Variation Inflation Factors (VIFs) were used to test collinearity between exploratory variables. None of the VIFS were >10, indicating that there was no collinearity among the variables. All assumptions for normality and linearity were checked using the Mahalanobis’ and Cook’s Distance statistics. Statistical analyses were conducted using SPSS © 22.0.0.0 (IBM Corporation 2013).

Results

Sources yielded a total of 21,331 trials. Of the 85 studies that met the first round of inclusion criteria, only 35 (41 %) involving 4435 participants, were published as full-text articles in English journals (Refer to Fig. 1 and Additional file 1). These 35 articles, were assessed for their overall quality of reporting. The RCTs involved adult populations ranging between 17 and 78 years of age. Twenty-five of the 35 (71 %) RCTs reported positive findings in favour of the chiropractic intervention. Seventeen of the 35 (49 %) RCTs were published in a chiropractic journal. Only 43 % (15/35) of the RCTs were industry funded. The sample sizes of the included RCTs ranged between 20 and 444 participants with a mean of 127 (SD ± 102).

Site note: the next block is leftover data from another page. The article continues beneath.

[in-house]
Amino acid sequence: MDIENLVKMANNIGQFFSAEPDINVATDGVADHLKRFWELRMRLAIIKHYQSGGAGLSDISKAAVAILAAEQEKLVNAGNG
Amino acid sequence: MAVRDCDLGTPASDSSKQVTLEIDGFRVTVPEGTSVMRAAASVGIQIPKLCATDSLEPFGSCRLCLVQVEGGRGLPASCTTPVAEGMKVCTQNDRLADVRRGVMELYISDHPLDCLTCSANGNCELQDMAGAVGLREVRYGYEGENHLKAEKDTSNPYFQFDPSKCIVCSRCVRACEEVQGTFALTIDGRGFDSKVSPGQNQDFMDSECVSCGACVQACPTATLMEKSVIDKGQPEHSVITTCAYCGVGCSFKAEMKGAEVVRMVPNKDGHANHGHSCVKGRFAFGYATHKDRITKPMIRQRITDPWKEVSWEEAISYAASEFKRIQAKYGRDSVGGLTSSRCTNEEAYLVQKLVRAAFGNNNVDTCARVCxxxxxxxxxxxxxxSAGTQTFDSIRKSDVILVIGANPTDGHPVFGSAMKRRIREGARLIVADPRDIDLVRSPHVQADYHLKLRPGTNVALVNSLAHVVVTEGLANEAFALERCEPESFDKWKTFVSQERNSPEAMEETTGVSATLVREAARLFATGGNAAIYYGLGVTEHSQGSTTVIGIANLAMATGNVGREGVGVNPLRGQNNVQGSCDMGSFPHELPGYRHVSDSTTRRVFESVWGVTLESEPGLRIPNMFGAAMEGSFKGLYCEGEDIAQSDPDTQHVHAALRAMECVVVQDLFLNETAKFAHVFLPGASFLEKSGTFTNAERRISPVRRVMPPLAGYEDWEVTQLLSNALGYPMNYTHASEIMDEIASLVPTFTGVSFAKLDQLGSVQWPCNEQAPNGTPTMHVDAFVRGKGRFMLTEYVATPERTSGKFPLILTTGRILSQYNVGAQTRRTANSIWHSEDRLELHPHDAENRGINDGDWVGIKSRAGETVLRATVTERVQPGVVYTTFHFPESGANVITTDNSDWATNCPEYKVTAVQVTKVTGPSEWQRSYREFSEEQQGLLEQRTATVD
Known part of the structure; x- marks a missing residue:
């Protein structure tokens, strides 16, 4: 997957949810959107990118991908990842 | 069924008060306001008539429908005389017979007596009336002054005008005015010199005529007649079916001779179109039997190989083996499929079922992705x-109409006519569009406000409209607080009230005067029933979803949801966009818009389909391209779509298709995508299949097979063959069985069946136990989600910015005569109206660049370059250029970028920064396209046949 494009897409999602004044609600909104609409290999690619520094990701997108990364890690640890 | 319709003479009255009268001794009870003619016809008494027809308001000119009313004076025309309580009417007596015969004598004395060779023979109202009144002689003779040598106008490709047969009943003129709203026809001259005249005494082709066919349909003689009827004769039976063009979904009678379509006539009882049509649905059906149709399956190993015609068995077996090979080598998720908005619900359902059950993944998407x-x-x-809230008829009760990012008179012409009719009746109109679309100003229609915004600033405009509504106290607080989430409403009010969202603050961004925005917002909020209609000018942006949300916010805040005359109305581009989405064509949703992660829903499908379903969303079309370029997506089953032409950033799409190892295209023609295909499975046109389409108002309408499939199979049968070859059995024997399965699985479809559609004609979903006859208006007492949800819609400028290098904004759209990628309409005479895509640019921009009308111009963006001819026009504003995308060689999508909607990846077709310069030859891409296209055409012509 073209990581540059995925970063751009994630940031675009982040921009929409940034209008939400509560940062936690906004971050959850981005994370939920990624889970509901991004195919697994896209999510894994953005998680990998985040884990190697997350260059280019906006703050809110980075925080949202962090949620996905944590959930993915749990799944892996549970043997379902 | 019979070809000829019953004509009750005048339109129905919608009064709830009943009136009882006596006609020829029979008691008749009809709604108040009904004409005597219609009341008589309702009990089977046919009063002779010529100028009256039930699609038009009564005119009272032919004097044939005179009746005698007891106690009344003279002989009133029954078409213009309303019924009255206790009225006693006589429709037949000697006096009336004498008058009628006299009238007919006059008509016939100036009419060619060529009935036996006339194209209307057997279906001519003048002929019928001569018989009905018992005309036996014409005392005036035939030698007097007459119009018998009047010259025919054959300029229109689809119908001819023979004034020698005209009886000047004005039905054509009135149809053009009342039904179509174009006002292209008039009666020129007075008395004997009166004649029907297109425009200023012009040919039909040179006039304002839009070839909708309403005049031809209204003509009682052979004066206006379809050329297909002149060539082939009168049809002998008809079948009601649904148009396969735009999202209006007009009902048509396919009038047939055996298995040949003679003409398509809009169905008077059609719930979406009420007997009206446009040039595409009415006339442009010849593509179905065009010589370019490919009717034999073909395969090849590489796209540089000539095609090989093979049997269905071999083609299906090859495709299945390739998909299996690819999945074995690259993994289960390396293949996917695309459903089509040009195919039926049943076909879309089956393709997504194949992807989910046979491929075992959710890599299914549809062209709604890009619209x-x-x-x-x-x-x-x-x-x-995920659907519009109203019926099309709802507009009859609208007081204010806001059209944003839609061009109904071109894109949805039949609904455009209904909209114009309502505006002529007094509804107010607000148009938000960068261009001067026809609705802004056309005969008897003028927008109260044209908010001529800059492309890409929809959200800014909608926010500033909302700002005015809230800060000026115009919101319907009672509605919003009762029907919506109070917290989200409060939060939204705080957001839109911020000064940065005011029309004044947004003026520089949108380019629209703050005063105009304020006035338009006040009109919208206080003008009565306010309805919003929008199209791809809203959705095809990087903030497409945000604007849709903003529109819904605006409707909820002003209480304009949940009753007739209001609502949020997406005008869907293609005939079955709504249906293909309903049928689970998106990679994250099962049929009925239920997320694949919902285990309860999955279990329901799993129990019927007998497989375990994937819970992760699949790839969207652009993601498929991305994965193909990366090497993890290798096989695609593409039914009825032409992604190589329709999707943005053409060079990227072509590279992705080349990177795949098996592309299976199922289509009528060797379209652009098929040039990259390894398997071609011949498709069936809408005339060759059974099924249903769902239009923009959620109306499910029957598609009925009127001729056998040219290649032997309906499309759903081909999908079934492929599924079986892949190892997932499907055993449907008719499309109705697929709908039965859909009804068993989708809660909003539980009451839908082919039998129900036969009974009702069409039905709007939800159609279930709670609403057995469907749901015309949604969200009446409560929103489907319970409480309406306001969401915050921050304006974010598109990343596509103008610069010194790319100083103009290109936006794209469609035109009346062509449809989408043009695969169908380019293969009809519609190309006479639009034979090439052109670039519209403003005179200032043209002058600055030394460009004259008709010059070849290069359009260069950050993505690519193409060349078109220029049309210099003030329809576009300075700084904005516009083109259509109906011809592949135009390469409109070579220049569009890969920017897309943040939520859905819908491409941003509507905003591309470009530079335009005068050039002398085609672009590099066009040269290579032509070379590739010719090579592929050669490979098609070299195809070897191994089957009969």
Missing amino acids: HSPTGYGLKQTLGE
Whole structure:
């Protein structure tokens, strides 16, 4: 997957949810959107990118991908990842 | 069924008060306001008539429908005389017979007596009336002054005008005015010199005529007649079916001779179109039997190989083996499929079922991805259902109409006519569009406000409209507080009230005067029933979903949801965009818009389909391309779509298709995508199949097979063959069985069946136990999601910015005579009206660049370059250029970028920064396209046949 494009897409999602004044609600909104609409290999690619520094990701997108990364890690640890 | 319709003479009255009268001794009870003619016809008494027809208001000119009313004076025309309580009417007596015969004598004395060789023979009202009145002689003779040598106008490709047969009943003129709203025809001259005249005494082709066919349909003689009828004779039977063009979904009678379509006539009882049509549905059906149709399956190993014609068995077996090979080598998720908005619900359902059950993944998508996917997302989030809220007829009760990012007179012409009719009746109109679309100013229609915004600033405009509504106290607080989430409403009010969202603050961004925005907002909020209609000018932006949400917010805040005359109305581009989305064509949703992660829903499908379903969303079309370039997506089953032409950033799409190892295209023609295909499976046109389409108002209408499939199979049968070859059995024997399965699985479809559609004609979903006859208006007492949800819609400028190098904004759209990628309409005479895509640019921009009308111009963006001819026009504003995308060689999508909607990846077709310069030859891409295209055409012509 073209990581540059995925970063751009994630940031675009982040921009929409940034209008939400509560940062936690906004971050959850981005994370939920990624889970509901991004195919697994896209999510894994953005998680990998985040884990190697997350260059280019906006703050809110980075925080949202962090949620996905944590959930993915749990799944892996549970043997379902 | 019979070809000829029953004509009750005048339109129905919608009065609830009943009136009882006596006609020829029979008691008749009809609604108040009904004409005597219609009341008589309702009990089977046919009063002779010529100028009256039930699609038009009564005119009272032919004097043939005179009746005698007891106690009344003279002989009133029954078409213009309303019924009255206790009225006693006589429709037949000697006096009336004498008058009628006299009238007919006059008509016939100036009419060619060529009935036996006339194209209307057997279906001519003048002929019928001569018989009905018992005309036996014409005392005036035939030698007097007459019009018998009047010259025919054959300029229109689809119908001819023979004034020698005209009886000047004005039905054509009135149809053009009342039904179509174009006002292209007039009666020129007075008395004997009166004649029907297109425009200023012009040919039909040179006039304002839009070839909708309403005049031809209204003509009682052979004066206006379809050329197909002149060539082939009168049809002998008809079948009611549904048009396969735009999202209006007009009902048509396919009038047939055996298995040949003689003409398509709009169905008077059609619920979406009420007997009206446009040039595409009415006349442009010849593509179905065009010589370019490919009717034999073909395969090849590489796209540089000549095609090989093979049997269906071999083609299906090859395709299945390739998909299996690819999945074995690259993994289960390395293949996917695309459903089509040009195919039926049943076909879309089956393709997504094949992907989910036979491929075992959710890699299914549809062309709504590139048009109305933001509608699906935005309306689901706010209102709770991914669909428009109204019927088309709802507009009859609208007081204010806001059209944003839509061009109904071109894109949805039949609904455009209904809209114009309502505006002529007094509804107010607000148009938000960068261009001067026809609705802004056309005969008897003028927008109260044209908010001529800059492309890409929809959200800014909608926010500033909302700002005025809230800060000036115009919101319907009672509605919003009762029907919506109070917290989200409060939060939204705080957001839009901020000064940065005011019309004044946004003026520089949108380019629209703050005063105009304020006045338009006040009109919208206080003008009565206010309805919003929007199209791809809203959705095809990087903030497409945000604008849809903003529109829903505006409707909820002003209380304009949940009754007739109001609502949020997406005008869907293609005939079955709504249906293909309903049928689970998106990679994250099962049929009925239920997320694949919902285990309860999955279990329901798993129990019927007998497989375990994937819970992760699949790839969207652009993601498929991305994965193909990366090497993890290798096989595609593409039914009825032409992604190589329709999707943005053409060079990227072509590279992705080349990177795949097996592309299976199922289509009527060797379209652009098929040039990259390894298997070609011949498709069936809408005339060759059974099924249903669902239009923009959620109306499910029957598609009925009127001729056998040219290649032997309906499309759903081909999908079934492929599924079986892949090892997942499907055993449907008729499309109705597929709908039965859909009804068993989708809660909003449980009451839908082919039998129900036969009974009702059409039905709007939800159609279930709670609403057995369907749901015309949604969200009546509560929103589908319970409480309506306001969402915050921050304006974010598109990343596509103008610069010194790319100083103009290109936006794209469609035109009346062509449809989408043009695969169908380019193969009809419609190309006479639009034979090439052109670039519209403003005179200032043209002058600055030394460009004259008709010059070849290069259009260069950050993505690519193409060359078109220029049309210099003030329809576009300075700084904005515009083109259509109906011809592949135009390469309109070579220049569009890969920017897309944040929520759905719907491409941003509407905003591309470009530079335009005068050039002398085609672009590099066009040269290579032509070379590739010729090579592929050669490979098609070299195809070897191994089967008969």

Overall quality of reporting score

The overall quality of reporting score, ranged between 10 and 33 with median score of 26.0 (IQR = 8.00). Individual scores are outlined in the Additional file 1. With regard to reporting frequencies of individual CONSORT items, refer to Tables 2 and 3.

Items that were most poorly reported from the CONSORT 2010 checklist were as follows: item 4b (settings and locations where data were collected), with 17/35 (49 %) of trials reporting this; item 11(a)(i) (whether participants were blinded) with 16/35 (46 %) of trials reporting this; item 13b (the description of each groups losses, exclusions and reasons within the flow diagram), with 20/35 (57 %) reporting on this; item 16 (i) (numbers analysed….in absolute numbers e.g. 10/20, not 50 %) with 16/35 (46 %) of trials reporting this; item 19, (the reporting of adverse events), with 22/35 (63 %) of trials reporting this; and item 23, (the reporting of clinical trial registration) with only 19/35 (54 %) of trials reporting this (Refer to Table 2).